Homilies – May 2015
FIFTH SUNDAY OF EASTER (YEAR B)
11am MASS, ST CHRISTOPHER’S CATHEDRAL, 3 MARCH 2015
ACTS 9:26-31; 1 JOHN 3:18-24; JOHN 15:1-8
There is one word in today’s Gospel that is repeated six times. Have you located that word? It is the word REMAIN. We must REMAIN part of the vine. It’s beautifully expressed in the sentence “Make your home in me as I make mine in you.” We must REMAIN in this home that God gives us. The beautiful image in today’s Gospel is of the vine and the branches. A branch that does not REMAIN with the vine will wither and it will be collected and burnt.
There is an inward dimension here. Inward in a sense that our communion with God in Jesus Christ is the essence of our identity as Christians and as Church. We cannot think of God as remote from us. In Jesus, God has become very close to us. God always will REMAIN with us. This is His everlasting promise. As a consequence of this Grace, in faith we are to likewise REMAIN in Jesus.
But this is not something that is just theoretical or pietistic. It’s not something that is just a vertical relationship only between God and me and to the neglect of all others.
In the second reading this is brought to the fore.
St John says “Our love is not to be just words or mere talk, but something real and active.” Our faith in Jesus is to be real and active. There’s to be an outward expression of it – a horizontal dimension too.
We see all this played out in the first reading with the great emerging apostolate of Saul who becomes Paul.
Whenever God changes the direction of somebody in the Bible there is a name change. So Simon becomes Peter, Abram becomes Abraham and now Saul becomes Paul.
Paul became the greatest evangeliser the Christian Church has ever produced. But we would not have Paul unless Barnabas appeared on the scene. St Barnabas is the great encourager. See what he does with Paul who is under great suspicion by the early community, understandably so. The Scripture today says that Barnabas “Took charge of him, introduced him to the Apostles, and explained how the Lord had appeared to him……………”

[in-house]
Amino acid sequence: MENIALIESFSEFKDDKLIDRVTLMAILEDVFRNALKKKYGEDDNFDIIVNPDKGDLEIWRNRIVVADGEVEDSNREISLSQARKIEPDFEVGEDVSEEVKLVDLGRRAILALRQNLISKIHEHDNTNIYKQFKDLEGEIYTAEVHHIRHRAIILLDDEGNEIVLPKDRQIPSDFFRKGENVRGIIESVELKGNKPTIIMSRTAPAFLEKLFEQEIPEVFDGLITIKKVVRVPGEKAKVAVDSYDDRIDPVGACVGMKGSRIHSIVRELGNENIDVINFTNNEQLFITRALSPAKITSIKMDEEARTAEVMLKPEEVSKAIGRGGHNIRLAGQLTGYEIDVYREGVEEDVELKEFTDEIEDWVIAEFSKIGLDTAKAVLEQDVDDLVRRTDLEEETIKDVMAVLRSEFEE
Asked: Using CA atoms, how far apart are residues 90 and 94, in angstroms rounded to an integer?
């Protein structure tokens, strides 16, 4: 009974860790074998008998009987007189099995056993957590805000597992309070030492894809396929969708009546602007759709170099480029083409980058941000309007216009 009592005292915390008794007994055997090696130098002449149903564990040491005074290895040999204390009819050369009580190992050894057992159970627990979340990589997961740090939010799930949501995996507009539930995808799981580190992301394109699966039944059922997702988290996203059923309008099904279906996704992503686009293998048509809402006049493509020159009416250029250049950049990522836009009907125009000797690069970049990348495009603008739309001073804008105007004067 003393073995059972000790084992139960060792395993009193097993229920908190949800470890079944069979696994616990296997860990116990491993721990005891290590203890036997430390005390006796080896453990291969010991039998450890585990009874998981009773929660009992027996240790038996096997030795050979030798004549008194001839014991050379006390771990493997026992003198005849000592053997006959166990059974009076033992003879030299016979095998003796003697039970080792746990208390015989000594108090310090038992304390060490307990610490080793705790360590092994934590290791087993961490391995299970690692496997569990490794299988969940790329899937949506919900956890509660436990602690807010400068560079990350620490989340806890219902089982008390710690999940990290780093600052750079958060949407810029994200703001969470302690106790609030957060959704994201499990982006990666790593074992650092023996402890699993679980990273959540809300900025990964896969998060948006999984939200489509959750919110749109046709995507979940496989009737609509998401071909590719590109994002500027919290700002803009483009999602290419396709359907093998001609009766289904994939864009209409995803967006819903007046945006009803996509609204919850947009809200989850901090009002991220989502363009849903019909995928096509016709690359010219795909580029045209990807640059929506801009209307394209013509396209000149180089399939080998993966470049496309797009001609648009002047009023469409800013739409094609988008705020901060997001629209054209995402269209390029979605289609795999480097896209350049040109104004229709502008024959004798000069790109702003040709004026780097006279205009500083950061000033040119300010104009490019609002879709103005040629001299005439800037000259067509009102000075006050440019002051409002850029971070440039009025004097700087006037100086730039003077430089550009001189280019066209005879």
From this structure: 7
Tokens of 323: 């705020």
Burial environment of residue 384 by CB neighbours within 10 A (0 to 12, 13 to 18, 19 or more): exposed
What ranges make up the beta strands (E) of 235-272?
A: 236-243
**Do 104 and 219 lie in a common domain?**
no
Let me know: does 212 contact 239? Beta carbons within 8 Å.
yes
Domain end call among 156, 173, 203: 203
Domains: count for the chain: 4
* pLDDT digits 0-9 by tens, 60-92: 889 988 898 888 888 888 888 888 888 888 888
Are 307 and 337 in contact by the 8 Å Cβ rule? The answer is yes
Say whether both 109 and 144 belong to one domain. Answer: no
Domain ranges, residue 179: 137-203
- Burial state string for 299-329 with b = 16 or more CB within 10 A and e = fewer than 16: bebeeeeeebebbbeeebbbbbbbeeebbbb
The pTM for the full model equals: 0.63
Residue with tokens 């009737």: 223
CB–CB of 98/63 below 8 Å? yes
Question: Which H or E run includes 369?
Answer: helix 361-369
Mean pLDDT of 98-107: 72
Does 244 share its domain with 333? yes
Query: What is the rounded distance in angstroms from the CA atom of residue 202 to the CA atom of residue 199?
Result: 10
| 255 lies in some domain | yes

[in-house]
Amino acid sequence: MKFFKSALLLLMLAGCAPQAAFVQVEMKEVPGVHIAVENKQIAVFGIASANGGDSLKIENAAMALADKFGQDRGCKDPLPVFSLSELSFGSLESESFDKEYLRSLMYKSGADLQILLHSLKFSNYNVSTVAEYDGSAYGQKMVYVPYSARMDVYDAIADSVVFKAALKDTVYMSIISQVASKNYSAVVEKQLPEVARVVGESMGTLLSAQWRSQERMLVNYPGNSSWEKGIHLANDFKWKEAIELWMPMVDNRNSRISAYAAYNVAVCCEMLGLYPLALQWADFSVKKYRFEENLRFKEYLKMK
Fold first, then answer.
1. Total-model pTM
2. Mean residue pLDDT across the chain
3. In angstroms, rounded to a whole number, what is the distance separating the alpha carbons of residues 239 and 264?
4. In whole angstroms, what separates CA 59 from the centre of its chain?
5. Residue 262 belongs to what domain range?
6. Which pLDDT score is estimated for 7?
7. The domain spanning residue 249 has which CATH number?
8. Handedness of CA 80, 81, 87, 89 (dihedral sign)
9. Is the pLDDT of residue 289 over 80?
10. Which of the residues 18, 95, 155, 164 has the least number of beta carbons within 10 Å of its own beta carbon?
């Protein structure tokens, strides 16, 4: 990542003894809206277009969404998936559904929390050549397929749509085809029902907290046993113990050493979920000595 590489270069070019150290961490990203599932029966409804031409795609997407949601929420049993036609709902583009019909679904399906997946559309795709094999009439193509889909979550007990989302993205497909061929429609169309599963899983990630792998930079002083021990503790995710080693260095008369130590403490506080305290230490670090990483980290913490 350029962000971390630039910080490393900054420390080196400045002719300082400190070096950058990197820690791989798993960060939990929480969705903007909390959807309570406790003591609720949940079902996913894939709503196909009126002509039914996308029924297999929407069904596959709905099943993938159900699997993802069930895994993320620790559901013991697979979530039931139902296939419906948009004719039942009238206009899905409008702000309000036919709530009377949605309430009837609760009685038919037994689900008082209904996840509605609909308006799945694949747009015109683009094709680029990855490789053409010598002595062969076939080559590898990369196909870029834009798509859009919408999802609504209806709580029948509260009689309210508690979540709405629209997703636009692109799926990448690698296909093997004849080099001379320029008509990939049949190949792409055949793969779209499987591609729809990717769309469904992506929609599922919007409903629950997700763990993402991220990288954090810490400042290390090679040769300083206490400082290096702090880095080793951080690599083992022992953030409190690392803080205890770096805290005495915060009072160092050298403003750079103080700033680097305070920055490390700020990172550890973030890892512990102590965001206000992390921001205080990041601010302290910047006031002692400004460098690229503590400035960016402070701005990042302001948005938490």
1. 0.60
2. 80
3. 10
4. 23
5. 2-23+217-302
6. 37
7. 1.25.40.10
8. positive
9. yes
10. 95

Barnabas has far seeing spiritual eyes. His union with the Risen Lord is something very real and practical. In this particular circumstance he brings Paul from the outer periphery of the Church into its very centre.
We too must be a Barnabas in today’s world. There are many times when we are called to also be a unifier and an encourager.
In the week to come, think of your own life. Try to anticipate areas where you can be a real positive encourager at home or in the workplace. It can be as simple as a warm smile or a gentle affirmation. It could be an email that thanks someone. Or it could be a quick phone call of appreciation. It might be recognition of a birthday or an anniversary day. Or the visit to someone who is sick. When we have a practical response like this then we become a real Barnabas.
I know it’s difficult to do sometimes. Sometimes we don’t know whether it would be a good idea to respond in a certain way or perhaps not to respond in another way. We do need God’s guidance.
I do recall years ago that somebody gave me a beautiful piece of advice which is so simple. I offer it to you to help you to discern how you can be a real Barnabas in the week ahead.
This person simply said “Do your best, let God do the rest.” Think about this. I think there’s much wisdom in this simple little expression.
As we now continue with our Eucharist let us remember the three main points that I’ve mentioned above. Let us REMAIN in the love of the Lord, let us be a Barnabas to others, and let us “Do our best and let God do the rest.”